Orion

adrian-pelletier-399180-unsplash
Photo credit: Adrian Pelletier, via Unsplash
(Orion is located in the bottom left of the image, from just above the trees to the brighter yellow star situated above the ‘belt.’)

She canvasses the stitching of our worn blanket with her deft hands. It pauses on my needlecraft, a patchwork nest of threads that often catch on our toes. Her fingers trapped in orbit, she calls it Rigel as she traces its flairs and my clumsiness.

I reach further ahead to an ornate cradle of colorful cords. It dwarfs the dawdled bauble she inspects, in both scope and skill. After naming it Betelgeuse, we share a schoolyard snicker before moving along imagined lines.

She identifies Mintaka before my fingers find Altinak. She runs its course underneath her careful nail. Simple horizontal strips to my imperceptive eyes, she corrects me, feeling the complex cinches our eldest daughter inlayed. Touching Altinak, I’m relieved they both took after her.

Meeting in the middle, our hands wander just above her belt. Caressing the space between our stars, we predict the design of the buckle Alnalim.

 


Originally an entry for Issue 138 of AdHoc Fiction, cued by the prompt word ‘Belt.’ Or ‘Buckle.’ I forgot which by the time I decided to keep tabs on my entries. Anyway, feel free to check their site if you’re interested in participating in their contests as a vote(s)-wielding reader and/or contributing writer.

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Light Bearers

person touching assorted candles

Photo Credit: Pop & Zebra, via Unsplash

The flit of candles against the dark dances within my mind. A slow parade ensues as faces caught in song transition between illumination and shadow with the careful bobbing steps of the light bearer. I try to solidify the smiles of the ceremony, but they dissipate in the dimness as the candles are carried on.

Two faces remain within the blustery flicking of the wicks as they await their exhaustion. My light and its bearer enjoy the last moments of the waning flames, except I can’t help seeing silhouettes obscure their upturned lips and I imagine their eyes fixed to the fire, if only so they don’t look for me.

With darkness restored, my focus returns to the cake in my hand as a sudden stream of tears test its solubility. I place the disk under its screen and move to the next ceramic fixture effusively reflecting the overwhelming fluorescents.

 


To any person traipsing along this minuscule thread of the web, hello! Perhaps an ‘again’ may be appropriate in certain instances, but seeing as it’s been quite a while, that feels far too presumptuous. Regardless, I am here to share the pieces I have been submitting to AdHoc Fiction while trying to generate some momentum. They are free weekly (typically) contests open to public and anonymous voting on stories of at most 150 words that must include a prompt word. (The prompt for the above story, as part of Issue 137, was ‘Cake.’) Anyway, enjoy, criticize (constructively, if willing), and consider participating yourself! Winning any given week earns an entry to Bath Flash Fiction’s contest with a £1000 First Place Prize, if that may be more convincing than my slight encouragement.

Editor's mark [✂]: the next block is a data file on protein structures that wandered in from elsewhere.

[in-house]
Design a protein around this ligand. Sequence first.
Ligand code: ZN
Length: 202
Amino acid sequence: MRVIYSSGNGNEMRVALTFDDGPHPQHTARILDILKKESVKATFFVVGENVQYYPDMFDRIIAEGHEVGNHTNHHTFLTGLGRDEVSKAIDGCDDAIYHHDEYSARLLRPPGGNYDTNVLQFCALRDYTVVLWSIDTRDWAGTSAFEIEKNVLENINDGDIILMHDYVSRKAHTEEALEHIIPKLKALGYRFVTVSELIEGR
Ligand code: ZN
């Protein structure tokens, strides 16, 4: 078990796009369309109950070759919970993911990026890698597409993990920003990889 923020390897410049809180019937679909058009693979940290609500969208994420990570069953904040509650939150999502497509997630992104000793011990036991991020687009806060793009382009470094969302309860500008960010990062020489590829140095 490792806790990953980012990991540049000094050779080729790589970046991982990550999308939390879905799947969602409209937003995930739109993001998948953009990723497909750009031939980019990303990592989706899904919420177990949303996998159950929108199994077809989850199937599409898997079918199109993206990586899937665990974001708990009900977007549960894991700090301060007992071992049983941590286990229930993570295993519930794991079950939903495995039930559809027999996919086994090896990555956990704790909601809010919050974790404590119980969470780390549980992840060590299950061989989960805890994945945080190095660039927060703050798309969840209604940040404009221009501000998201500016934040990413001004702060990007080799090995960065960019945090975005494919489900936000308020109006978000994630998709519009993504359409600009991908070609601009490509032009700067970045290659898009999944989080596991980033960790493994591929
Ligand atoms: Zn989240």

P.S. I do not intend to invest myself into responding to every comment. Please know that I will no less appreciate any time you’ve spent here and that any and all constructive criticism will be taken into consideration, and hopefully even developed upon.

Gumshoe

PHOTO PROMPT © C.E. Ayr

Photo prompt courtesy and copyright property of C.E. Ayr via the Friday Fictioneers event hosted by Rochelle Wisoff-Fields. Join in and/or find others’ contributions here.

Gumshoe

Derelicts dotted the sidewalk, silently flapping their gums. Dust cloaked the lot of them, but some were outfitted with fashionable flair; wool vests, knitted scarves, and random shoes all about. The only sense of symmetry came from the odd globs that spotted each garment.

I never understood any of this until I fell to the sidewalk. One of my shoes gummed in place, plastered to the curb, and my coat subsequently stuck to the cement. I managed to hold my face barely above dirt-caked disks when I realized that the derelicts wore whatever the concrete claimed.

I surrendered its bounty.

Revising the Old Lie

JHC5

Photo prompt courtesy and copyright property of J. Hardy Carroll via the Friday Fictioneers event hosted by Rochelle Wisoff-Fields. Join in and/or find others’ contributions here.

Revising the Old Lie

An ancient man bowed his head, but his words rose like ghosts, “‘Dulce et decorum est pro patria mori.’”

A nearby pilgrim couldn’t bear it. “How many times are you gonna repeat that old lie?”

“But it’s true.” His eyes became grave as his knurled hands glossed the gabbro. “I missed my chance.”

“Life isn’t issued out by your country. It springs from struggle and from death.” The ancient man lifted his head and looked at the scar the monument made into the earth, then the bare trees beside it. “Want the truth? Revise it. Dulce et decorum est mori.”


**Dulce et decorum est pro patria mori is Latin for “It is sweet and glorious/right to die for one’s country/fatherland.” It was originally used by the Roman poet Horace in his Odes, but became known as “the old lie” after Wilfred Owen’s World War I poem “Dulce et Decorum est” about the tragedies he witnessed (particularly the use of chlorine gas). Pro patria, which is omitted in the “revision,” means “for one’s country/fatherland.”

If anyone is willing to submit constructive criticism, I’m most interested in how the conclusion reads. I fear that a reader’s experience may be wildly different than what I experienced writing this, though that surely can have its benefits. (Also, if anyone knows Latin, could you inform me of any grammatical error(s) at the end? I tried to verify its accuracy, but my knowledge is limited.) Of course, any constructive criticism is welcome and appreciated.